People who have known Marceil Lauppe since she started working at Douglas County Visiting Nurses Assn. back in 1968 just can't imagine the place without her.
"It'll be different. Of course, Marceil tells us that it will be good," said Janice Johnson, VNA human resources director. "But it will be sad. It will be a big adjustment for a lot of people."
After 34 years, Lauppe is retiring from Douglas County VNA, the nonprofit organization that provides home-based care to area residents, often regardless of their ability to pay. At an open house Friday afternoon, friends and colleagues offered Lauppe hugs and goodbyes and welcomed Douglas County VNA's new director, Jan Jenkins.
Lauppe played many roles during her tenure at VNA, serving as a staff nurse and assistant director before becoming director in 1980. She said health care had changed tremendously since the 1960s and that VNA now cared for people who are much sicker than when she started.
Though Lauppe, 67, said she was sad to be leaving, she said it was the right time for her and the agency.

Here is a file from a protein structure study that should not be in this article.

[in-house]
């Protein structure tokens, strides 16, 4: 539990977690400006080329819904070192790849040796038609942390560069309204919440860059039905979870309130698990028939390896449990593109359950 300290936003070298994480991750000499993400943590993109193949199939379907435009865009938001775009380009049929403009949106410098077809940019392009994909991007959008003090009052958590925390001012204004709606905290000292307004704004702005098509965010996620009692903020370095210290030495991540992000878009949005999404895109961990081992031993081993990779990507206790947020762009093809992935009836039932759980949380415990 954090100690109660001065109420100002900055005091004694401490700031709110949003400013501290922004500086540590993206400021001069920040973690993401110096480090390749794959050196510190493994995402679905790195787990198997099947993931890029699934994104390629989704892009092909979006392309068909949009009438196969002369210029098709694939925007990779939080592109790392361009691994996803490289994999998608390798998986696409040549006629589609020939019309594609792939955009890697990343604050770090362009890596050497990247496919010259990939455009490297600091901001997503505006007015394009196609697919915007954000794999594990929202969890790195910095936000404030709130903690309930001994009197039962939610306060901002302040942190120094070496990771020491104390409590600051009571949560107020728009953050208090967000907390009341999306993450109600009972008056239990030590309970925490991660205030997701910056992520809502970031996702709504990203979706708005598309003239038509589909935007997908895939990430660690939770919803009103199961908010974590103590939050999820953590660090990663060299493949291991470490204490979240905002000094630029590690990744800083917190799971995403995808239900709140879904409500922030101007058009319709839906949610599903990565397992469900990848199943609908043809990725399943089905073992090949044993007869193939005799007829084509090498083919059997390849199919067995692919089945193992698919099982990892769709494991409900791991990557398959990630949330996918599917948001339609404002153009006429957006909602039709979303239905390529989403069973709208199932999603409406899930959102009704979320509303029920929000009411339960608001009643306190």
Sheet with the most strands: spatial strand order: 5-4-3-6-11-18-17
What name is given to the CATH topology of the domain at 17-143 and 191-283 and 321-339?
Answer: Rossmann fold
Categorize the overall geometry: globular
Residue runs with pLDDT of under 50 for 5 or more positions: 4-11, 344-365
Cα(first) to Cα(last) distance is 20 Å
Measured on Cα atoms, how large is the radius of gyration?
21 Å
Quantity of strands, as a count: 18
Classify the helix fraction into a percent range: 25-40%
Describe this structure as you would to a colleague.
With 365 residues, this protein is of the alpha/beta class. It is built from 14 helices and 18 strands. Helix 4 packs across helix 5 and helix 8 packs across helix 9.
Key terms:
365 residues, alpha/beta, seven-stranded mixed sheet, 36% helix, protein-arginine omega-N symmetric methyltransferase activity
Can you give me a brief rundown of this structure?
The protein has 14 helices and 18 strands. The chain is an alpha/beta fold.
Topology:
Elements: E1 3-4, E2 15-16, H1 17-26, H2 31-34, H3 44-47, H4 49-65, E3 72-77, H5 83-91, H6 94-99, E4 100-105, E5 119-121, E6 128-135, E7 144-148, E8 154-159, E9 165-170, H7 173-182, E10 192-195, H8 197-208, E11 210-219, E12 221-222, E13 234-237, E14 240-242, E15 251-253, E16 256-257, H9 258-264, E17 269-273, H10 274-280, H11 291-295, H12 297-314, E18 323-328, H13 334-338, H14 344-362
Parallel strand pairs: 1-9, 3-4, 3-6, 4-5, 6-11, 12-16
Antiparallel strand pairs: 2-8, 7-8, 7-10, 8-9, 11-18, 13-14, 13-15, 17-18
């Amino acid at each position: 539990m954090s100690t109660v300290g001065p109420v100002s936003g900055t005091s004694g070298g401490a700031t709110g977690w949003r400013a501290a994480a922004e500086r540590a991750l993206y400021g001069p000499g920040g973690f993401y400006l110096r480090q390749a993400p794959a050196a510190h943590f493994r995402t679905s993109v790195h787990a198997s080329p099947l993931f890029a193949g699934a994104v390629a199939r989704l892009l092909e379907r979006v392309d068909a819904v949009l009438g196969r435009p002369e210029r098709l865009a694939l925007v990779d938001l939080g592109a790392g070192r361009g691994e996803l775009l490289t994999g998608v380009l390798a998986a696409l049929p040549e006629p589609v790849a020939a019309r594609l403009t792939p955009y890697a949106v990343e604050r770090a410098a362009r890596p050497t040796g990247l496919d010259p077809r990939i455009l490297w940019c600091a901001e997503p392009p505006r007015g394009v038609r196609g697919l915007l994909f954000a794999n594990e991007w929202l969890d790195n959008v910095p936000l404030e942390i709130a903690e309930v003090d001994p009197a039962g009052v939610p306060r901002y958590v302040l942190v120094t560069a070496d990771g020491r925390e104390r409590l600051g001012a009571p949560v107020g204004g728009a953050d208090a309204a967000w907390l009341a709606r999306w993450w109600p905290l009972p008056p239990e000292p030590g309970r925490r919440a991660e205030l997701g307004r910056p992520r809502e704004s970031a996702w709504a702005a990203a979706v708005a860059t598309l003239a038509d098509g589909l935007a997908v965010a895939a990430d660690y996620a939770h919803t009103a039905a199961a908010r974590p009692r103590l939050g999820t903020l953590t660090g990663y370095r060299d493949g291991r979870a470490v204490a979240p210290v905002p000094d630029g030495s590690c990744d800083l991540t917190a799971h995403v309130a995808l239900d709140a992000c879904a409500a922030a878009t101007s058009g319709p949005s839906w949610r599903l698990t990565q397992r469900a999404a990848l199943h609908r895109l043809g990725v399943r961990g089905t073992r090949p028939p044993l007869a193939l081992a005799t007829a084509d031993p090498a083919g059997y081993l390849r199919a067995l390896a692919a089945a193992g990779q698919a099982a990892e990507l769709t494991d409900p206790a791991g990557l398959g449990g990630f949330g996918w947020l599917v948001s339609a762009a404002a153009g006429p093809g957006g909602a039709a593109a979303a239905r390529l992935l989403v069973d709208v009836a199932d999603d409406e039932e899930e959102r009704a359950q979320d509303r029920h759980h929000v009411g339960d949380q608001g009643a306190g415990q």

"Being a part of VNA has really been a gift to me," she said.
Those who attended Friday's open house browsed through scrapbooks documenting VNA's activities through the decades. One of the books filled with letters, cards and well wishes for Lauppe included a note from VNA's founder, Lyn Rothwell, who thanked Lauppe "for making my old dream of care for every Douglas County home actually come true."
Hilda Enoch, a Lawrence resident who knows Lauppe through mutual community involvements, said the outgoing director had been indispensable.
"She has just been so dedicated and has such compassion and caring and has fought so hard to build this organization," Enoch said.
Fighting right alongside Lauppe for several years was Jenkins, who served as VNA's director from 1977 to 1980 before moving to Topeka to work with United Methodist Homes and Aldersgate Village for the past 21 years. She's been working with Lauppe since May 1 to make the transition back to Douglas County VNA.
"I'm taking over the wheel again, although the wheel has really changed and gotten bigger," Jenkins said.
The staff of Douglas County VNA made more than 53,000 visits to 1,200 patients in 2001. That included the agency's one millionth visit in July 2001.
Jenkins noted that, in the coming months, she and VNA board members and staff would have to address pending cuts in state and federal funding. However, she's confident the agency is prepared to confront those issues and is excited about the opportunity to work for Douglas County VNA once more.
"It's like coming back home again," she said.